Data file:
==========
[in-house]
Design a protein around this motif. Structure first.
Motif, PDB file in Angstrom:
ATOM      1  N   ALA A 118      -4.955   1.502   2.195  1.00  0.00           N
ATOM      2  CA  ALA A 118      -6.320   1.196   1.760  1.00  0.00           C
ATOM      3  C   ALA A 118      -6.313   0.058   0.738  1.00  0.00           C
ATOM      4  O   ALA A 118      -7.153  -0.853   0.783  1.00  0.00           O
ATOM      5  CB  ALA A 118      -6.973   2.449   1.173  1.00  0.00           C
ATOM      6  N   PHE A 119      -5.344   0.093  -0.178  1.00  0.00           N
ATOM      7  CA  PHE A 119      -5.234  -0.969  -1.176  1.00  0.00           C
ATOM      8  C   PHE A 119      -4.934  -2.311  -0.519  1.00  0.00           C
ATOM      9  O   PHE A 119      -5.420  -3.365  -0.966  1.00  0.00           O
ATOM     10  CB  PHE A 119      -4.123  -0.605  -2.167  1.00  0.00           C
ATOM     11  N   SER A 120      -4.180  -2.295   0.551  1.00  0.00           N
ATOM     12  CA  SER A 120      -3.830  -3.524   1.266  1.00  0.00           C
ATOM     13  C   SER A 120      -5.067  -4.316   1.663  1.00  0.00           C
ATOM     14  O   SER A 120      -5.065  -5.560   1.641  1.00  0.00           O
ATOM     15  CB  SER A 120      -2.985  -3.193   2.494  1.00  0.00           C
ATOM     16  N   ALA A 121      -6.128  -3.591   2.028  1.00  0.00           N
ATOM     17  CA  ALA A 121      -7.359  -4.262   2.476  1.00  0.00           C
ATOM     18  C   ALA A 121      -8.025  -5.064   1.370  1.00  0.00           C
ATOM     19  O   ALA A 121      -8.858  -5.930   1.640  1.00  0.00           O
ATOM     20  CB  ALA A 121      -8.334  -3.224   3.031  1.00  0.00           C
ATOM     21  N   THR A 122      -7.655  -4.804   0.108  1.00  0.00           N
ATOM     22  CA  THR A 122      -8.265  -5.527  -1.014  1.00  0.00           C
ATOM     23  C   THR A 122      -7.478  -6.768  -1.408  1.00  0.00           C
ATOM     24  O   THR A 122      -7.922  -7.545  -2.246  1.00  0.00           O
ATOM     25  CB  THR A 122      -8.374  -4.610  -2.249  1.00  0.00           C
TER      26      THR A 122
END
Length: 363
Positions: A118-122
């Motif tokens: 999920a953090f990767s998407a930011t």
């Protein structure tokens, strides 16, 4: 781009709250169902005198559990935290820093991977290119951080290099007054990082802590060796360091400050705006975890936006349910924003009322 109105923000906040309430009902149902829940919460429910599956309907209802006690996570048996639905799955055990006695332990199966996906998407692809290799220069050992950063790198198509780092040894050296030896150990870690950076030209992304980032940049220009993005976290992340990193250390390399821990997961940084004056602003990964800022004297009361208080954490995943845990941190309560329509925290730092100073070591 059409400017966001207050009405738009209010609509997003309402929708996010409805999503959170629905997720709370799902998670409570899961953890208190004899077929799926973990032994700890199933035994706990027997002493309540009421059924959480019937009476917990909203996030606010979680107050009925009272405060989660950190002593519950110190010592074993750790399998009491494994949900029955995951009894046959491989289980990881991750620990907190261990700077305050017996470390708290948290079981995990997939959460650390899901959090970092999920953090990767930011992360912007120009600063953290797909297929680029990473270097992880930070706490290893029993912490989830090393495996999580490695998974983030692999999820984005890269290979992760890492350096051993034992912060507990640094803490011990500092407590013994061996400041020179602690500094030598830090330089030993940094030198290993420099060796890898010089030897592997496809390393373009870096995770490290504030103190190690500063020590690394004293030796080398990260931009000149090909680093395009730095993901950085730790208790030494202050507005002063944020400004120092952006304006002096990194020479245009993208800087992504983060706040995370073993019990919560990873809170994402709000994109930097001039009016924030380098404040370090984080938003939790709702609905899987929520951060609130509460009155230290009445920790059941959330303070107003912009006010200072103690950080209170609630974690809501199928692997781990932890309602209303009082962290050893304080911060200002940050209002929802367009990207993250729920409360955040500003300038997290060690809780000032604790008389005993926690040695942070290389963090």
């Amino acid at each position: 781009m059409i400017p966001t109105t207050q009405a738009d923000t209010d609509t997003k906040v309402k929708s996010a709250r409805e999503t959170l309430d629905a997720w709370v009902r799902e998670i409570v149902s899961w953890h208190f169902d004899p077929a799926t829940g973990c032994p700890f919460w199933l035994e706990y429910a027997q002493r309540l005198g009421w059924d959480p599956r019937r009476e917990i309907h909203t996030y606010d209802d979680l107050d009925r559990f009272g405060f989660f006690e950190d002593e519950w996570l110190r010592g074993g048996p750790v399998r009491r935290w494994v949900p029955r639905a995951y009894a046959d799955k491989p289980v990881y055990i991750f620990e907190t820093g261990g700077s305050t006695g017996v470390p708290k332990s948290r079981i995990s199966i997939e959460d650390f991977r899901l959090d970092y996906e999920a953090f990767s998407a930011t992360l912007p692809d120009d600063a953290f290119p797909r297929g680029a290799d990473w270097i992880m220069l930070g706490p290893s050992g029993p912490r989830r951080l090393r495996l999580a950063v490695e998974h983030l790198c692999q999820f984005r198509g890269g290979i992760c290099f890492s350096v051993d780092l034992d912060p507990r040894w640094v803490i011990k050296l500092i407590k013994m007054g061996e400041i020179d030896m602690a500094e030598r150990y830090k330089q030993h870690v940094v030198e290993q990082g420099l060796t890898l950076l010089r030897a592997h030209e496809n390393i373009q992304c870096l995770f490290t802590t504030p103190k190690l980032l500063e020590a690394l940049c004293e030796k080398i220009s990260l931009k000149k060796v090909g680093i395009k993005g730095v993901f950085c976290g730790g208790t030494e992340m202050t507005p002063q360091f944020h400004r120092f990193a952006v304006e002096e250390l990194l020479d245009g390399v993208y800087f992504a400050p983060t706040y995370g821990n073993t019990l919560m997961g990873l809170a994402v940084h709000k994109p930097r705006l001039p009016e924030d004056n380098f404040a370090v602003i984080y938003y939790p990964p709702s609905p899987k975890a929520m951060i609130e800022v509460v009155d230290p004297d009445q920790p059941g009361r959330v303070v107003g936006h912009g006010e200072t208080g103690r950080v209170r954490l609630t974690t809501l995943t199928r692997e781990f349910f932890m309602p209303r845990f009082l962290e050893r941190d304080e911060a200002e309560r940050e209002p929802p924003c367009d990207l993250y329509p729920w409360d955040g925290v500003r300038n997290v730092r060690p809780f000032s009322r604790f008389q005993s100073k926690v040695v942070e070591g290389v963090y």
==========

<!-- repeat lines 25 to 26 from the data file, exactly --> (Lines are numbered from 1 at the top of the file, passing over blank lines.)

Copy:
ATOM     22  CA  THR A 122      -8.265  -5.527  -1.014  1.00  0.00           C
ATOM     23  C   THR A 122      -7.478  -6.768  -1.408  1.00  0.00           C